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Ideas to recruit new talent

job search ideas

by Mary Jawgiel

The biggest internal challenge many companies will face over the next three to five years is the recruitment and retention of new employees. This prediction is coming true with a vengeance: The unemployment rate is the lowest it has been in years at 4.1 percent (as of March 2018) and there were 6.3 million unfilled jobs (at the end of January 2018), according to the U.S. Bureau of Labor Statistics.

Distributors and manufacturers are in competition with every other employer in their area to find people to fill their open positions. What works? Creativity. Think beyond a posting on a job board to find new employees and retain current employees. PTDA Foundation program director Mary Jawgiel reached out to a PTDA distributor member and a PTDA manufacturer member to learn what they’re doing to be successful at recruitment.

Get ‘Em while They’re Young: Internships, Mentoring and Apprenticeships
Doug Zwiener, president, Mechanical Power Inc., is a distributor that operates out of a single location in Wauconda, Illinois. Mechanical Power has 22 employees. When Zwiener joined the business in 2010, almost every employee was over age 50. Recognizing a company must have a range of talent levels on board to survive, Mechanical Power now has a 28-year-old sales engineer and a 28-year-old territory manager. Zwiener firmly believes his business needs the creativity of every generation, as customers are also getting younger.

In the summer of 2017, Zwiener had three interns on his team. Two were referred to him by word-of-mouth. One was majoring in business and the other engineering. Zwiener asked his employees if they needed someone to help out and if they could keep some interns busy. The response was “YES!” The internships were set up as “help where needed” and not for college credit so the interns were put to work wherever needed—purchasing, quality, engineering.

“This turned out to be a good mentoring experience for the interns and my employees,” Zwiener says. “I don’t think any interns are interested in working here full-time, but the experience was good for everyone. And, I have three young people saying good things about working in industrial distribution to other young people in my community and at their colleges, which helps me develop a pipeline of potential hires.”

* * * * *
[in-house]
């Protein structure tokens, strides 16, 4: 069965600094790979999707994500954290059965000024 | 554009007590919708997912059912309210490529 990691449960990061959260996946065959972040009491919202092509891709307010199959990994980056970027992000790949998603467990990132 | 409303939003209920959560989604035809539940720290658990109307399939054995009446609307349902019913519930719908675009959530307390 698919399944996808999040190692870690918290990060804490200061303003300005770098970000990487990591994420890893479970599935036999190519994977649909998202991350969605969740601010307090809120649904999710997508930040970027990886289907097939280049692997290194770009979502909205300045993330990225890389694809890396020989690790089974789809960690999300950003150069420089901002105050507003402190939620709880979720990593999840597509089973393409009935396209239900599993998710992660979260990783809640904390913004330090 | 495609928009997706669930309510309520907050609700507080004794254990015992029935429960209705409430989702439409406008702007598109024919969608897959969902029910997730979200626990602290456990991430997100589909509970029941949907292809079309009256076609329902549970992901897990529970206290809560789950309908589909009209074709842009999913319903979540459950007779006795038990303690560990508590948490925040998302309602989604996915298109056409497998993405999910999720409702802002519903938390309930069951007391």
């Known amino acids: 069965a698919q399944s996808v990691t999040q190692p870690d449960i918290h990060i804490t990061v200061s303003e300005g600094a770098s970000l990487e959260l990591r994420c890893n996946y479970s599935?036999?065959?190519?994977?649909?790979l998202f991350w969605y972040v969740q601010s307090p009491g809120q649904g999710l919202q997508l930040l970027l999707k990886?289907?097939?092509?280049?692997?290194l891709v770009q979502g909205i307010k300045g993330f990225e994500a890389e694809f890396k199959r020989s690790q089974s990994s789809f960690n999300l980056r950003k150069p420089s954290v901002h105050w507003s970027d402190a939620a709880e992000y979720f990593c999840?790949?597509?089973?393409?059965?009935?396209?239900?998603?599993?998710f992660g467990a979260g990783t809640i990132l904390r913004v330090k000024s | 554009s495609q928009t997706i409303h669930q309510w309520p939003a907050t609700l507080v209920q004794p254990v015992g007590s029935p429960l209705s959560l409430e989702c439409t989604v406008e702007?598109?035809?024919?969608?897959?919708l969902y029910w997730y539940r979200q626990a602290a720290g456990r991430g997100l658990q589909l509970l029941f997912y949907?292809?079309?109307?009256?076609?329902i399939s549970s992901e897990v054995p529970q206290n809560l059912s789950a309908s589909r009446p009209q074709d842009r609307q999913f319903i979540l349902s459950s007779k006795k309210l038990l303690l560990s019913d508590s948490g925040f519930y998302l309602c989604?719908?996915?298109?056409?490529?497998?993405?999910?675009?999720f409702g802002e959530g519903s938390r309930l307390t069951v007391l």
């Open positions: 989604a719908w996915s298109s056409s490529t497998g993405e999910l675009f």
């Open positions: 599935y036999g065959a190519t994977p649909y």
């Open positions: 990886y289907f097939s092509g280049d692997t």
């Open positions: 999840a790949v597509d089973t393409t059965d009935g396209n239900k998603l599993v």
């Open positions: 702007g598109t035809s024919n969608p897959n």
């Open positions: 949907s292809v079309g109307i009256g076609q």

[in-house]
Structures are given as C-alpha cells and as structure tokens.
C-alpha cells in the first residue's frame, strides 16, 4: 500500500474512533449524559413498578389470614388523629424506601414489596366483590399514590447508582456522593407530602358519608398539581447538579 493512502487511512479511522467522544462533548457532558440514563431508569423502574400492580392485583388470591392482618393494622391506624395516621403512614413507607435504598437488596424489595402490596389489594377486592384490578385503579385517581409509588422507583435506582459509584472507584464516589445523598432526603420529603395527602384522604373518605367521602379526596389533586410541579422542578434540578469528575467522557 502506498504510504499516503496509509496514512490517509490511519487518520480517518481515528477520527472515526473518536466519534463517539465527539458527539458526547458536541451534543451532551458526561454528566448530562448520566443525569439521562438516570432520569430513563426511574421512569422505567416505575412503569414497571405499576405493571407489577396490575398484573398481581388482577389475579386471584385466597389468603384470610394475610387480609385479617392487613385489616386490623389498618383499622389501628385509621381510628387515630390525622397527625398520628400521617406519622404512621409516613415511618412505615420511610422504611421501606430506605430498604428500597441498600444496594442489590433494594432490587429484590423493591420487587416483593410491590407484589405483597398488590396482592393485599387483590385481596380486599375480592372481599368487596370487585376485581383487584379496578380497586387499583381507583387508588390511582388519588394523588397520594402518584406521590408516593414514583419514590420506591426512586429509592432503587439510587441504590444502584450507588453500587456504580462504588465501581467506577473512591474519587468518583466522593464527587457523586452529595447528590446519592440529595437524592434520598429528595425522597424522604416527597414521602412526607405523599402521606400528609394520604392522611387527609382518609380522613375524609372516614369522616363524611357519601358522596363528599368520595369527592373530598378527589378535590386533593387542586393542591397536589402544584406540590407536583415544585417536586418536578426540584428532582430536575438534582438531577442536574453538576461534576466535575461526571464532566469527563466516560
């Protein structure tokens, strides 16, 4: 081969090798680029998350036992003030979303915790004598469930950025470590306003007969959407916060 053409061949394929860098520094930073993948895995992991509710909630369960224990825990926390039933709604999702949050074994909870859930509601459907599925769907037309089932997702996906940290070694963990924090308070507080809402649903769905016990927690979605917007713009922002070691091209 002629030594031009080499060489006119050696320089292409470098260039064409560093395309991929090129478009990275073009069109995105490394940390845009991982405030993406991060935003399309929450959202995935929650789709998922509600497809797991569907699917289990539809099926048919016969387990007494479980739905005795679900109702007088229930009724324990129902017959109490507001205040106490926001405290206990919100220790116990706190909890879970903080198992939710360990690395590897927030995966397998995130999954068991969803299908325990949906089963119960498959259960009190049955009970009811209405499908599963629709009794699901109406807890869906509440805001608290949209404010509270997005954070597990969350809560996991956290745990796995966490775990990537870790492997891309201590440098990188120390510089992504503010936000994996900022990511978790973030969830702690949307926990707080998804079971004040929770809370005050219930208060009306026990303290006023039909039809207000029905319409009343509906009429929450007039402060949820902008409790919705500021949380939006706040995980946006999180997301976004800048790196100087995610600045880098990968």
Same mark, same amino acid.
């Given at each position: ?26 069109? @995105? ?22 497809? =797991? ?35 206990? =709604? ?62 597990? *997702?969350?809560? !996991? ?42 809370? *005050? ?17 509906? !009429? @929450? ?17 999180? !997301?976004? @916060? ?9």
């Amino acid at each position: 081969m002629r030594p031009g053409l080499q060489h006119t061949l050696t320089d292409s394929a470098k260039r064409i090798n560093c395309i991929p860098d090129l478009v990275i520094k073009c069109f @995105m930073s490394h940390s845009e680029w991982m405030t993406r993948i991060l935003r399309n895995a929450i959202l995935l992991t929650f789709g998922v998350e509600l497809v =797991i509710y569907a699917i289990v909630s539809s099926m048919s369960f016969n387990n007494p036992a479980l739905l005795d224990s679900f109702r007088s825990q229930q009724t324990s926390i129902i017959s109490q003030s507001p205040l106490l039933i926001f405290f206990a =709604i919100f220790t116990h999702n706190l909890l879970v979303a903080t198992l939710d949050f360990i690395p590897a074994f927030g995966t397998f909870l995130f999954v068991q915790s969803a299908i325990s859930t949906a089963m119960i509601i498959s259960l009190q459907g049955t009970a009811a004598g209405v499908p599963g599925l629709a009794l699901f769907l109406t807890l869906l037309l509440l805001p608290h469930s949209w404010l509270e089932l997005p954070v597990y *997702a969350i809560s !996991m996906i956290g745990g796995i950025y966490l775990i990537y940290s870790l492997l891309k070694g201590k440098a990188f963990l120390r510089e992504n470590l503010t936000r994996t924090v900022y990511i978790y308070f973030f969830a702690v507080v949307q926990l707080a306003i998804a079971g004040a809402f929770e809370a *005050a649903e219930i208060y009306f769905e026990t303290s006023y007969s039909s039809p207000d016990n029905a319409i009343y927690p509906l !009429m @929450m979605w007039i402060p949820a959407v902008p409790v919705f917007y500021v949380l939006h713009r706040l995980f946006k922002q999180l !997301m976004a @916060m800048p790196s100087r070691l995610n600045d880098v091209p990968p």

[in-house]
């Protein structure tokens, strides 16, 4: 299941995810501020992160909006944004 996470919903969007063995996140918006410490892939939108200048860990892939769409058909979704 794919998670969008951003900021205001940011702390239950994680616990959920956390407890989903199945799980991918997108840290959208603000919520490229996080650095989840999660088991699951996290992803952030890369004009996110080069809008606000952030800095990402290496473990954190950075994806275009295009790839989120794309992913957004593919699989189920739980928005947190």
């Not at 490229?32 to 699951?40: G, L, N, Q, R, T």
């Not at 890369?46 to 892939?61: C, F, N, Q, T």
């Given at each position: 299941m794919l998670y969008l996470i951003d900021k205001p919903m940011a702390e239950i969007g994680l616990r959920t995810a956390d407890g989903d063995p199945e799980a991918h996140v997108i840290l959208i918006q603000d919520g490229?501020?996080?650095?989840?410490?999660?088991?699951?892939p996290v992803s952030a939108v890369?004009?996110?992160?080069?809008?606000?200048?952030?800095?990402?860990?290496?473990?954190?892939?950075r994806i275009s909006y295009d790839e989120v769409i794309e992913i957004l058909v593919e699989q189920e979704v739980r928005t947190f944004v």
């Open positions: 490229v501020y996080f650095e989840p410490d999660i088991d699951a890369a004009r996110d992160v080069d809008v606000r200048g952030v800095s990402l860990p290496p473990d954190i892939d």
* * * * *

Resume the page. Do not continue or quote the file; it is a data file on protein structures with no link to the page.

Zwiener recently hired an apprentice through a program in Supply Chain Management/Logistics run by a nearby community college. The apprenticeship program runs for two years. Zwiener pays the apprentice’s salary and his education. The apprentice goes to school and works at the company when he’s not in class. With the apprenticeships comes a commitment to working for Mechanical Power Inc. for two years after graduation.

“It may take a while to find an apprentice through a community college program. The first time around, I saw that many did not have the right skill set or didn’t appear committed. Then I found Nick and things are going very well,” Zwiener says.

Zwiener also has a career page on his website, pays junior college tuition for another of his employees (with an agreement that the employee stays at the company for two years after graduating) and encourages all of his employees to try what interests them within the organization.

“If my engineer wants to try working in sales, I encourage him to do so. If it clicks, then I have a new sales person. If not, the employee has a better understanding of another area of the business. It’s a win-win scenario,” he says.

Zwiener believes people are extremely important to his business, so he serves as the “employment guy.” His goal is to recruit and retain good people to assure his company is viable in the future as well as today.

Use Technology in the Recruiting Process
Tammy Balogh is vice president of human resources at Flexco, a manufacturer of fasteners and belts, located in Downers Grove, Illinois, with 14 additional locations in the U.S. and worldwide. Balogh believes the biggest challenge in recruiting is the skilled talent shortage. “We are competing for talent with everyone else, especially at the professional level,” she says.

“There is an additional challenge in recruiting—bandwidth. It takes time to find top talent. From developing creative, compelling ads, leveraging social media and niche job sites, conducting phone screens, assessments, in-person interviews and reference checks— all take time and can stretch over weeks and months depending on the qualifications required for an open position,” Balogh says.

Technology can be a time-saver. “HR technology is changing rapidly, and we need to stay abreast of what’s out there,” she says. “We are investigating video interview options which involve sending the interviewee a link to interview questions and asking them to record a video in response to questions. This could substitute for phone screens or first-round interviews. The response can be watched at any time by interview team participants and can streamline the process of identifying qualified candidates for in-person interviews. I don’t know if we will use it in 2018, but this is just one of many new technologies available.”

Both Mechanical Power Inc. and Flexco have been working hard to recruit, hire and retain talent during this era of worker shortage and have been working on creative ways to attract new people to their companies. Hopefully, their stories will give you some new ideas to try.

Mary JawgielMary Jawgiel is program director for the PTDA Foundation, which recently launched PT WORK Force to help employers in the PT/MC sector with talent development. Contact Mary at

This article originally appeared in the May/June 2018 issue of Industrial Supply magazine. Copyright 2018, Direct Business Media.


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